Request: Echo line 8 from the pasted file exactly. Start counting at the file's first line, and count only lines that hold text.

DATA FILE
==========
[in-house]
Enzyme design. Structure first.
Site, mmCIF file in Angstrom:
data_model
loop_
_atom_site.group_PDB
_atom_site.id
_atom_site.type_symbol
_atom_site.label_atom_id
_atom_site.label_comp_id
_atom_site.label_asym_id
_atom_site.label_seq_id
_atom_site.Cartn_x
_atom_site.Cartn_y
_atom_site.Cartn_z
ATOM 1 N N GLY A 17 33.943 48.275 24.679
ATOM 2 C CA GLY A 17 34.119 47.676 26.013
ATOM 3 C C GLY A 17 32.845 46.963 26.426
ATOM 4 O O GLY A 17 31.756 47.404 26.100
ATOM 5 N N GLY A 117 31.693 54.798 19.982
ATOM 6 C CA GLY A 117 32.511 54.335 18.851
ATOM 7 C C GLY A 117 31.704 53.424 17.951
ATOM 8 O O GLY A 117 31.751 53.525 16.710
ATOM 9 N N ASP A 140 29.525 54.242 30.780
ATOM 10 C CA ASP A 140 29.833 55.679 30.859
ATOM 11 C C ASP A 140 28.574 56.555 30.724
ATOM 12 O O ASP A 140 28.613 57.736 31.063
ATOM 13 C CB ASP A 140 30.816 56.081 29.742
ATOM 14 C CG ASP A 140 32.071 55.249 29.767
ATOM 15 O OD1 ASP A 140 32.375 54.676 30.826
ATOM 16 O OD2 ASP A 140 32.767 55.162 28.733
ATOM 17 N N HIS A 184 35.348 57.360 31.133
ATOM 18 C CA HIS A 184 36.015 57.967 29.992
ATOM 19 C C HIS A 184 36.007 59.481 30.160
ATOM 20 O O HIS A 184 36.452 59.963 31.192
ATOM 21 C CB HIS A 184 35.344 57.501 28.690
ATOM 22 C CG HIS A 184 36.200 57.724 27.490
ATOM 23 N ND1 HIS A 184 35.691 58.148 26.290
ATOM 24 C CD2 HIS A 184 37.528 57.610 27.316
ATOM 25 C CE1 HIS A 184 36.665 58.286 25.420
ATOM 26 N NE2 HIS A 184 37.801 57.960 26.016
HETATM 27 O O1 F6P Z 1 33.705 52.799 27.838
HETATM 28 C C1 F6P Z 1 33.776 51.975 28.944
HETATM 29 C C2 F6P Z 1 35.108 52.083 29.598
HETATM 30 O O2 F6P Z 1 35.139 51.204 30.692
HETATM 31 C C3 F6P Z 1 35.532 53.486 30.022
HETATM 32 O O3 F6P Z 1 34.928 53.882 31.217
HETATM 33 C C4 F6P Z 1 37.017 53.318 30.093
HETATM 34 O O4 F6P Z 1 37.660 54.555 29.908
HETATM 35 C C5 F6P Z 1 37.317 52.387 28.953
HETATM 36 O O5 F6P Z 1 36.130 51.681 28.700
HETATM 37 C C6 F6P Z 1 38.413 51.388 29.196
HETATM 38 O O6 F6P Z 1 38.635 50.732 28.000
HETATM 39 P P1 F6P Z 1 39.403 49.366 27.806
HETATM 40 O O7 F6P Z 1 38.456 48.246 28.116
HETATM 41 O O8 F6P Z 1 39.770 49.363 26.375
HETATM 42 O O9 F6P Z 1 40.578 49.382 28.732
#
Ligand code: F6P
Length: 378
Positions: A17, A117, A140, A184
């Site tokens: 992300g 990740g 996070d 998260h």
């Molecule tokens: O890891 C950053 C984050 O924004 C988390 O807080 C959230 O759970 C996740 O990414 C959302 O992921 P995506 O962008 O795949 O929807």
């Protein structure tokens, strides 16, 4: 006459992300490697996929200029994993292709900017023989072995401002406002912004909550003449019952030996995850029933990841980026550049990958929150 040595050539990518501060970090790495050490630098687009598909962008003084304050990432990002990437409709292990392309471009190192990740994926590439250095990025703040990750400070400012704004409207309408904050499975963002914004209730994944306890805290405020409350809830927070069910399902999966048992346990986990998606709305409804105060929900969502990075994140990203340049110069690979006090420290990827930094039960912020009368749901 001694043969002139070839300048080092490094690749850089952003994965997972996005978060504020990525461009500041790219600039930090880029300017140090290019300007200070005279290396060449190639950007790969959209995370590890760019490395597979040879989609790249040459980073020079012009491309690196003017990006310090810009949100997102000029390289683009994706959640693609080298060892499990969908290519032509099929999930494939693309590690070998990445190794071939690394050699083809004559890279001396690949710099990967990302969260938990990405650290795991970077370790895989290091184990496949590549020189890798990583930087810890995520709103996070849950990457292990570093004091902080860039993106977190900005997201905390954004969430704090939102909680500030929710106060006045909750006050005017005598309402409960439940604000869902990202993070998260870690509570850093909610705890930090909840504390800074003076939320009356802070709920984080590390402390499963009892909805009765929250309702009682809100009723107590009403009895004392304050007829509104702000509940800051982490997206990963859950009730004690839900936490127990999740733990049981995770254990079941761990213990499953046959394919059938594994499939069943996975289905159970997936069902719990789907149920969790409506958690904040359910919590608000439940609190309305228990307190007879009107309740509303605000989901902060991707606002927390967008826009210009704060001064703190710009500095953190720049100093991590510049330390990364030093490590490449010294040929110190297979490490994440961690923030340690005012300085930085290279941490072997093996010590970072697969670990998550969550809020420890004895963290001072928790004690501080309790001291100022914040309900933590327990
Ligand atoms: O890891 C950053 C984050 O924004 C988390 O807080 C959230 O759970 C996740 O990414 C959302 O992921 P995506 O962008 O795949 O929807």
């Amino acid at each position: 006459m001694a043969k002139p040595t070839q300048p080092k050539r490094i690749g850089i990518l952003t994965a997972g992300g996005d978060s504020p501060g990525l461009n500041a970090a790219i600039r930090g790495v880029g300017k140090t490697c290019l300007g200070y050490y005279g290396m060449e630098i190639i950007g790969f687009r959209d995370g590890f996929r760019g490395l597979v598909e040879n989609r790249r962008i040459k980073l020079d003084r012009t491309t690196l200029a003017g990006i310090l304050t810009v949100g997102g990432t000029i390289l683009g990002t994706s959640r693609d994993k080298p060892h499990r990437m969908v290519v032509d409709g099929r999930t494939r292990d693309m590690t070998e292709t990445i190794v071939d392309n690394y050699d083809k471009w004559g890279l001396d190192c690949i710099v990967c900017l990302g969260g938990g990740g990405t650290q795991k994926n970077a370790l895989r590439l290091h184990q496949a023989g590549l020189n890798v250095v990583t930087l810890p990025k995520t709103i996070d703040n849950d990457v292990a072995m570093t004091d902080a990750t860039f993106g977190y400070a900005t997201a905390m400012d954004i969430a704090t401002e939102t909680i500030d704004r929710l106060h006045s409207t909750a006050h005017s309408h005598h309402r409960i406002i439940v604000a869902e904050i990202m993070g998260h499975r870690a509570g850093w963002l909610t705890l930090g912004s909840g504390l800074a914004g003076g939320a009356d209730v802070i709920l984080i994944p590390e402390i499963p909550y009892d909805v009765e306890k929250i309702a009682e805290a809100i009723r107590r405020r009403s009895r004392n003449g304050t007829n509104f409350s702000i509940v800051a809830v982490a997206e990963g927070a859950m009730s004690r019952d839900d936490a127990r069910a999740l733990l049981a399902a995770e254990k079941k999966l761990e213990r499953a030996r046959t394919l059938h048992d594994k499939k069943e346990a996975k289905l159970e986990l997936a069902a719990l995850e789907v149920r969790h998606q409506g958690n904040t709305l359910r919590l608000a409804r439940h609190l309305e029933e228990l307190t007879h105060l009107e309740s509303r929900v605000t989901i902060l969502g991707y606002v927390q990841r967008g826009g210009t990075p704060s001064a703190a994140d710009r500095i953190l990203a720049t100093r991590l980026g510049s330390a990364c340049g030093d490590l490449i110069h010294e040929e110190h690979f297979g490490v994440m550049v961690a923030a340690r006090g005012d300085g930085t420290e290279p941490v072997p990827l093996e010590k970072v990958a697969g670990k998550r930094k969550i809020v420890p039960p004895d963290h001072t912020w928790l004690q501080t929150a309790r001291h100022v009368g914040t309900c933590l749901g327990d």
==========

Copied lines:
_atom_site.type_symbol